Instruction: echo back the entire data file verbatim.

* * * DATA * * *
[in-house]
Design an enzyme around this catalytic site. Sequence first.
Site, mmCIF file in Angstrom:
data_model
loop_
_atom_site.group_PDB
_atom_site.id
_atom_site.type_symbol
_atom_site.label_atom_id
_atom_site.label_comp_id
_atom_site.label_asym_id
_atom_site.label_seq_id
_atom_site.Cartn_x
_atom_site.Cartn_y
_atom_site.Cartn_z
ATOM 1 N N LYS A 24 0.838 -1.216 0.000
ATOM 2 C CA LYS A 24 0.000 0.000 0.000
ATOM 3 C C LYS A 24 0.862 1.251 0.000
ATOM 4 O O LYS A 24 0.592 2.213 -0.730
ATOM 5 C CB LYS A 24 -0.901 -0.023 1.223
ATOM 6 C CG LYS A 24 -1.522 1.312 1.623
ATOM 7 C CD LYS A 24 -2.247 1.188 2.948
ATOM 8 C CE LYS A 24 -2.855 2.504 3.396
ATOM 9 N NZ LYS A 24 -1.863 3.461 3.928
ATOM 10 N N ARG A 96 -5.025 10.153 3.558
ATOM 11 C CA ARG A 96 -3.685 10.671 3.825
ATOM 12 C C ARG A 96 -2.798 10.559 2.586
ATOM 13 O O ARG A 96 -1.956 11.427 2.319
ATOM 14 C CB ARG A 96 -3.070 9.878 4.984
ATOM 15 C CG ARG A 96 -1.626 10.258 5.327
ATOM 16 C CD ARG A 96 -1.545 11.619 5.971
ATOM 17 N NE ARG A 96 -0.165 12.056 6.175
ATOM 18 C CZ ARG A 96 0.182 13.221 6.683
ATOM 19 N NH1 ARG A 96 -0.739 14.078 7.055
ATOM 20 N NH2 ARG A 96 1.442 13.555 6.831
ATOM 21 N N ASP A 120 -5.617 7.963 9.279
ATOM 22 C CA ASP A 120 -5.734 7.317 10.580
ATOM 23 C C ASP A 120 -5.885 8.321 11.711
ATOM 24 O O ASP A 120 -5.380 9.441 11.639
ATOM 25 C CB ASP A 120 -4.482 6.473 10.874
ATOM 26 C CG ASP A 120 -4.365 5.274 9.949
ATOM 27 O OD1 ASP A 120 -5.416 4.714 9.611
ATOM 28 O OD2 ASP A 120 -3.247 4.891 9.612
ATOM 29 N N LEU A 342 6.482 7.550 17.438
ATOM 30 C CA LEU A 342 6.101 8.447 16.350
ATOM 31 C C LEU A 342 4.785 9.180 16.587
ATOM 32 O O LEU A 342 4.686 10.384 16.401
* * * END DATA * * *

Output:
[in-house]
Design an enzyme around this catalytic site. Sequence first.
Site, mmCIF file in Angstrom:
data_model
loop_
_atom_site.group_PDB
_atom_site.id
_atom_site.type_symbol
_atom_site.label_atom_id
_atom_site.label_comp_id
_atom_site.label_asym_id
_atom_site.label_seq_id
_atom_site.Cartn_x
_atom_site.Cartn_y
_atom_site.Cartn_z
ATOM 1 N N LYS A 24 0.838 -1.216 0.000
ATOM 2 C CA LYS A 24 0.000 0.000 0.000
ATOM 3 C C LYS A 24 0.862 1.251 0.000
ATOM 4 O O LYS A 24 0.592 2.213 -0.730
ATOM 5 C CB LYS A 24 -0.901 -0.023 1.223
ATOM 6 C CG LYS A 24 -1.522 1.312 1.623
ATOM 7 C CD LYS A 24 -2.247 1.188 2.948
ATOM 8 C CE LYS A 24 -2.855 2.504 3.396
ATOM 9 N NZ LYS A 24 -1.863 3.461 3.928
ATOM 10 N N ARG A 96 -5.025 10.153 3.558
ATOM 11 C CA ARG A 96 -3.685 10.671 3.825
ATOM 12 C C ARG A 96 -2.798 10.559 2.586
ATOM 13 O O ARG A 96 -1.956 11.427 2.319
ATOM 14 C CB ARG A 96 -3.070 9.878 4.984
ATOM 15 C CG ARG A 96 -1.626 10.258 5.327
ATOM 16 C CD ARG A 96 -1.545 11.619 5.971
ATOM 17 N NE ARG A 96 -0.165 12.056 6.175
ATOM 18 C CZ ARG A 96 0.182 13.221 6.683
ATOM 19 N NH1 ARG A 96 -0.739 14.078 7.055
ATOM 20 N NH2 ARG A 96 1.442 13.555 6.831
ATOM 21 N N ASP A 120 -5.617 7.963 9.279
ATOM 22 C CA ASP A 120 -5.734 7.317 10.580
ATOM 23 C C ASP A 120 -5.885 8.321 11.711
ATOM 24 O O ASP A 120 -5.380 9.441 11.639
ATOM 25 C CB ASP A 120 -4.482 6.473 10.874
ATOM 26 C CG ASP A 120 -4.365 5.274 9.949
ATOM 27 O OD1 ASP A 120 -5.416 4.714 9.611
ATOM 28 O OD2 ASP A 120 -3.247 4.891 9.612
ATOM 29 N N LEU A 342 6.482 7.550 17.438
ATOM 30 C CA LEU A 342 6.101 8.447 16.350
ATOM 31 C C LEU A 342 4.785 9.180 16.587
ATOM 32 O O LEU A 342 4.686 10.384 16.401